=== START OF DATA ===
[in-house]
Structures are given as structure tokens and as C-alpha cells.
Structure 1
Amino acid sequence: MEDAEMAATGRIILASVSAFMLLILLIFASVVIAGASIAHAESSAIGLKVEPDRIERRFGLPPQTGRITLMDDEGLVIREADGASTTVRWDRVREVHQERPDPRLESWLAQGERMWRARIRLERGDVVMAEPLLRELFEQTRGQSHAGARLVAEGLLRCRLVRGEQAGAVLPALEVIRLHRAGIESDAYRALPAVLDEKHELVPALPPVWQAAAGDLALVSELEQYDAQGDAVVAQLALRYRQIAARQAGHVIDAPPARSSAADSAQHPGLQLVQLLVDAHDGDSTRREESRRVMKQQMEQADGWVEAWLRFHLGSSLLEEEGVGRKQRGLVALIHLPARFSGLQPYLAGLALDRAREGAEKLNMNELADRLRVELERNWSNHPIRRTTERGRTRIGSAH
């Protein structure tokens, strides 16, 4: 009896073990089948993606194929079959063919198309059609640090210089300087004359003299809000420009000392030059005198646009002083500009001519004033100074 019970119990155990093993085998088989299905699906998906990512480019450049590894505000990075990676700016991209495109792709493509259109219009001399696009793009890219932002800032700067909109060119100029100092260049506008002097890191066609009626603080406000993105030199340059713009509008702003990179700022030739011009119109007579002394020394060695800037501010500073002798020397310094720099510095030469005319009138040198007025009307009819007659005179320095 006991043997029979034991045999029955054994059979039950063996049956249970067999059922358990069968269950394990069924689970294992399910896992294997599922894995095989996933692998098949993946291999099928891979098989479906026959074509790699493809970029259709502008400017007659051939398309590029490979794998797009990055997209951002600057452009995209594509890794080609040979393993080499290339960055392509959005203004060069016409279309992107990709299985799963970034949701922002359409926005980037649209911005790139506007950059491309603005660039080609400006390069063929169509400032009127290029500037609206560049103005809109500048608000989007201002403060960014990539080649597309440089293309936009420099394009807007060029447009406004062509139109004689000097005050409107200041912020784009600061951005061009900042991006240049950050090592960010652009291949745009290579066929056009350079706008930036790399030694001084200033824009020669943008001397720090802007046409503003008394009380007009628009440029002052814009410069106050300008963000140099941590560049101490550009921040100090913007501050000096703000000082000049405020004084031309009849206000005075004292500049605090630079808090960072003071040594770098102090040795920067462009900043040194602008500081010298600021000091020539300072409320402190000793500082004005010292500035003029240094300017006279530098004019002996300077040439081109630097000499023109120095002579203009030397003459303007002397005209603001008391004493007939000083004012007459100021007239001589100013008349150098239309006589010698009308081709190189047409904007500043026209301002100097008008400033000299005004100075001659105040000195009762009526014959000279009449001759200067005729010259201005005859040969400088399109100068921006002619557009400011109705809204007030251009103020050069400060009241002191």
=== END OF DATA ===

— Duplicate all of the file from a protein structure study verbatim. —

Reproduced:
[in-house]
Structures are given as structure tokens and as C-alpha cells.
Structure 1
Amino acid sequence: MEDAEMAATGRIILASVSAFMLLILLIFASVVIAGASIAHAESSAIGLKVEPDRIERRFGLPPQTGRITLMDDEGLVIREADGASTTVRWDRVREVHQERPDPRLESWLAQGERMWRARIRLERGDVVMAEPLLRELFEQTRGQSHAGARLVAEGLLRCRLVRGEQAGAVLPALEVIRLHRAGIESDAYRALPAVLDEKHELVPALPPVWQAAAGDLALVSELEQYDAQGDAVVAQLALRYRQIAARQAGHVIDAPPARSSAADSAQHPGLQLVQLLVDAHDGDSTRREESRRVMKQQMEQADGWVEAWLRFHLGSSLLEEEGVGRKQRGLVALIHLPARFSGLQPYLAGLALDRAREGAEKLNMNELADRLRVELERNWSNHPIRRTTERGRTRIGSAH
């Protein structure tokens, strides 16, 4: 009896073990089948993606194929079959063919198309059609640090210089300087004359003299809000420009000392030059005198646009002083500009001519004033100074 019970119990155990093993085998088989299905699906998906990512480019450049590894505000990075990676700016991209495109792709493509259109219009001399696009793009890219932002800032700067909109060119100029100092260049506008002097890191066609009626603080406000993105030199340059713009509008702003990179700022030739011009119109007579002394020394060695800037501010500073002798020397310094720099510095030469005319009138040198007025009307009819007659005179320095 006991043997029979034991045999029955054994059979039950063996049956249970067999059922358990069968269950394990069924689970294992399910896992294997599922894995095989996933692998098949993946291999099928891979098989479906026959074509790699493809970029259709502008400017007659051939398309590029490979794998797009990055997209951002600057452009995209594509890794080609040979393993080499290339960055392509959005203004060069016409279309992107990709299985799963970034949701922002359409926005980037649209911005790139506007950059491309603005660039080609400006390069063929169509400032009127290029500037609206560049103005809109500048608000989007201002403060960014990539080649597309440089293309936009420099394009807007060029447009406004062509139109004689000097005050409107200041912020784009600061951005061009900042991006240049950050090592960010652009291949745009290579066929056009350079706008930036790399030694001084200033824009020669943008001397720090802007046409503003008394009380007009628009440029002052814009410069106050300008963000140099941590560049101490550009921040100090913007501050000096703000000082000049405020004084031309009849206000005075004292500049605090630079808090960072003071040594770098102090040795920067462009900043040194602008500081010298600021000091020539300072409320402190000793500082004005010292500035003029240094300017006279530098004019002996300077040439081109630097000499023109120095002579203009030397003459303007002397005209603001008391004493007939000083004012007459100021007239001589100013008349150098239309006589010698009308081709190189047409904007500043026209301002100097008008400033000299005004100075001659105040000195009762009526014959000279009449001759200067005729010259201005005859040969400088399109100068921006002619557009400011109705809204007030251009103020050069400060009241002191």